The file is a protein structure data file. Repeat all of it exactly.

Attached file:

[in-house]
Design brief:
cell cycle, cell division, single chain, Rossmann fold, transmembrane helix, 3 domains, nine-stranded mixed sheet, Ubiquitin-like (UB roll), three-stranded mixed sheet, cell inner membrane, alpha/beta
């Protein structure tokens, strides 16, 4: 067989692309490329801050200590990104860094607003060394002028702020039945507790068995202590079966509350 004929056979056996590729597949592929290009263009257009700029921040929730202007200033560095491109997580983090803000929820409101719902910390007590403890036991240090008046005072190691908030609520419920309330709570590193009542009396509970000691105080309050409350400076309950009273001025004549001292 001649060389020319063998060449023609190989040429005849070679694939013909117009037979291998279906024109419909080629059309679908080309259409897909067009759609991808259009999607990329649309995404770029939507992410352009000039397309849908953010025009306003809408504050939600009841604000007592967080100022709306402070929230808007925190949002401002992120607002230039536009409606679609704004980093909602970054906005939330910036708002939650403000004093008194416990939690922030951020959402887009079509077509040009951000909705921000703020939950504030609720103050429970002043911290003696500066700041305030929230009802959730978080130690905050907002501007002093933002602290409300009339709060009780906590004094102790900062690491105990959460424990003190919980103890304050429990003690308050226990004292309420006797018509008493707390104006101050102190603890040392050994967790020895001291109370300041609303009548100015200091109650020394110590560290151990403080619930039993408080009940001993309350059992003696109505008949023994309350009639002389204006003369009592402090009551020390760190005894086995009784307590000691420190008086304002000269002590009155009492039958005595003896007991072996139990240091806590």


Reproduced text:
[in-house]
Design brief:
cell cycle, cell division, single chain, Rossmann fold, transmembrane helix, 3 domains, nine-stranded mixed sheet, Ubiquitin-like (UB roll), three-stranded mixed sheet, cell inner membrane, alpha/beta
């Protein structure tokens, strides 16, 4: 067989692309490329801050200590990104860094607003060394002028702020039945507790068995202590079966509350 004929056979056996590729597949592929290009263009257009700029921040929730202007200033560095491109997580983090803000929820409101719902910390007590403890036991240090008046005072190691908030609520419920309330709570590193009542009396509970000691105080309050409350400076309950009273001025004549001292 001649060389020319063998060449023609190989040429005849070679694939013909117009037979291998279906024109419909080629059309679908080309259409897909067009759609991808259009999607990329649309995404770029939507992410352009000039397309849908953010025009306003809408504050939600009841604000007592967080100022709306402070929230808007925190949002401002992120607002230039536009409606679609704004980093909602970054906005939330910036708002939650403000004093008194416990939690922030951020959402887009079509077509040009951000909705921000703020939950504030609720103050429970002043911290003696500066700041305030929230009802959730978080130690905050907002501007002093933002602290409300009339709060009780906590004094102790900062690491105990959460424990003190919980103890304050429990003690308050226990004292309420006797018509008493707390104006101050102190603890040392050994967790020895001291109370300041609303009548100015200091109650020394110590560290151990403080619930039993408080009940001993309350059992003696109505008949023994309350009639002389204006003369009592402090009551020390760190005894086995009784307590000691420190008086304002000269002590009155009492039958005595003896007991072996139990240091806590």